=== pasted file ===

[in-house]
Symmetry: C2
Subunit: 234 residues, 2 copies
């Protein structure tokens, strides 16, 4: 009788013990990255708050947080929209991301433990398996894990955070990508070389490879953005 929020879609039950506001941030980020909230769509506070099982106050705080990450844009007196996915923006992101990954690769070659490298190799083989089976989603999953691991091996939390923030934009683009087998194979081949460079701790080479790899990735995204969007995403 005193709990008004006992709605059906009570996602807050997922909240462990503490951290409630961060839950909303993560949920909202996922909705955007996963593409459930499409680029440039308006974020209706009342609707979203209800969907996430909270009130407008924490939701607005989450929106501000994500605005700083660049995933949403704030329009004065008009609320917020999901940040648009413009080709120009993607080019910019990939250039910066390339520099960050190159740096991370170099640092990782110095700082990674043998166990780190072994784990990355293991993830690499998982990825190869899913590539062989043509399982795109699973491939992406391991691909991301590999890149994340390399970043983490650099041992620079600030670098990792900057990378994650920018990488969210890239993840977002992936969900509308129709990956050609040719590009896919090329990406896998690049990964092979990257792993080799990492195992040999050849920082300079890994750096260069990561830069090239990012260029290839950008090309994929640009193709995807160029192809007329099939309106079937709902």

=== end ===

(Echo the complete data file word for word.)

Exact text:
[in-house]
Symmetry: C2
Subunit: 234 residues, 2 copies
């Protein structure tokens, strides 16, 4: 009788013990990255708050947080929209991301433990398996894990955070990508070389490879953005 929020879609039950506001941030980020909230769509506070099982106050705080990450844009007196996915923006992101990954690769070659490298190799083989089976989603999953691991091996939390923030934009683009087998194979081949460079701790080479790899990735995204969007995403 005193709990008004006992709605059906009570996602807050997922909240462990503490951290409630961060839950909303993560949920909202996922909705955007996963593409459930499409680029440039308006974020209706009342609707979203209800969907996430909270009130407008924490939701607005989450929106501000994500605005700083660049995933949403704030329009004065008009609320917020999901940040648009413009080709120009993607080019910019990939250039910066390339520099960050190159740096991370170099640092990782110095700082990674043998166990780190072994784990990355293991993830690499998982990825190869899913590539062989043509399982795109699973491939992406391991691909991301590999890149994340390399970043983490650099041992620079600030670098990792900057990378994650920018990488969210890239993840977002992936969900509308129709990956050609040719590009896919090329990406896998690049990964092979990257792993080799990492195992040999050849920082300079890994750096260069990561830069090239990012260029290839950008090309994929640009193709995807160029192809007329099939309106079937709902």